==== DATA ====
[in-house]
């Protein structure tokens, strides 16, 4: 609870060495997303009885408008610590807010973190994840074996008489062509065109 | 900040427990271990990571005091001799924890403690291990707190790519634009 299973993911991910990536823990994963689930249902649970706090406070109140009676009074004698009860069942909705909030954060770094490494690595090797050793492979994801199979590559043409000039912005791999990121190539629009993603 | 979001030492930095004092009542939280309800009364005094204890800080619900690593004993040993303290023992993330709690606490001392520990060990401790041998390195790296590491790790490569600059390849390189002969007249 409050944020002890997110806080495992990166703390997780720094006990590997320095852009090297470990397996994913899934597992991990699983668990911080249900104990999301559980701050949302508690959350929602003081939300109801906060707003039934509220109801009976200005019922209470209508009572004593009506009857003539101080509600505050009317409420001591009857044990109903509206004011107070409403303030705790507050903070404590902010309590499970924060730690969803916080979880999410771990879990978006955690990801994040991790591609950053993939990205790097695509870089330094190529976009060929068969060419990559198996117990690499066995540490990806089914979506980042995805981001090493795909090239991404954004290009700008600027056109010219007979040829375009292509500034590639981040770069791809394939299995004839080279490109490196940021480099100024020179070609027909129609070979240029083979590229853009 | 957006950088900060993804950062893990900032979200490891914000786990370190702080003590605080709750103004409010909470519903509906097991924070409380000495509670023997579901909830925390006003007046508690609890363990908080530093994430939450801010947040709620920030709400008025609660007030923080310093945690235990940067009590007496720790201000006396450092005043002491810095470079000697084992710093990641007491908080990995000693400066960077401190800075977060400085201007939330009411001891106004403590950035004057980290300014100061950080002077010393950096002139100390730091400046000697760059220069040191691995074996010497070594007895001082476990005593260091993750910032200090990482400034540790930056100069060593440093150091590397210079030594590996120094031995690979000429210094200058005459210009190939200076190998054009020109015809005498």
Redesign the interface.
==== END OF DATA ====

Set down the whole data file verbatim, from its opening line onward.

[in-house]
């Protein structure tokens, strides 16, 4: 609870060495997303009885408008610590807010973190994840074996008489062509065109 | 900040427990271990990571005091001799924890403690291990707190790519634009 299973993911991910990536823990994963689930249902649970706090406070109140009676009074004698009860069942909705909030954060770094490494690595090797050793492979994801199979590559043409000039912005791999990121190539629009993603 | 979001030492930095004092009542939280309800009364005094204890800080619900690593004993040993303290023992993330709690606490001392520990060990401790041998390195790296590491790790490569600059390849390189002969007249 409050944020002890997110806080495992990166703390997780720094006990590997320095852009090297470990397996994913899934597992991990699983668990911080249900104990999301559980701050949302508690959350929602003081939300109801906060707003039934509220109801009976200005019922209470209508009572004593009506009857003539101080509600505050009317409420001591009857044990109903509206004011107070409403303030705790507050903070404590902010309590499970924060730690969803916080979880999410771990879990978006955690990801994040991790591609950053993939990205790097695509870089330094190529976009060929068969060419990559198996117990690499066995540490990806089914979506980042995805981001090493795909090239991404954004290009700008600027056109010219007979040829375009292509500034590639981040770069791809394939299995004839080279490109490196940021480099100024020179070609027909129609070979240029083979590229853009 | 957006950088900060993804950062893990900032979200490891914000786990370190702080003590605080709750103004409010909470519903509906097991924070409380000495509670023997579901909830925390006003007046508690609890363990908080530093994430939450801010947040709620920030709400008025609660007030923080310093945690235990940067009590007496720790201000006396450092005043002491810095470079000697084992710093990641007491908080990995000693400066960077401190800075977060400085201007939330009411001891106004403590950035004057980290300014100061950080002077010393950096002139100390730091400046000697760059220069040191691995074996010497070594007895001082476990005593260091993750910032200090990482400034540790930056100069060593440093150091590397210079030594590996120094031995690979000429210094200058005459210009190939200076190998054009020109015809005498």
Redesign the interface.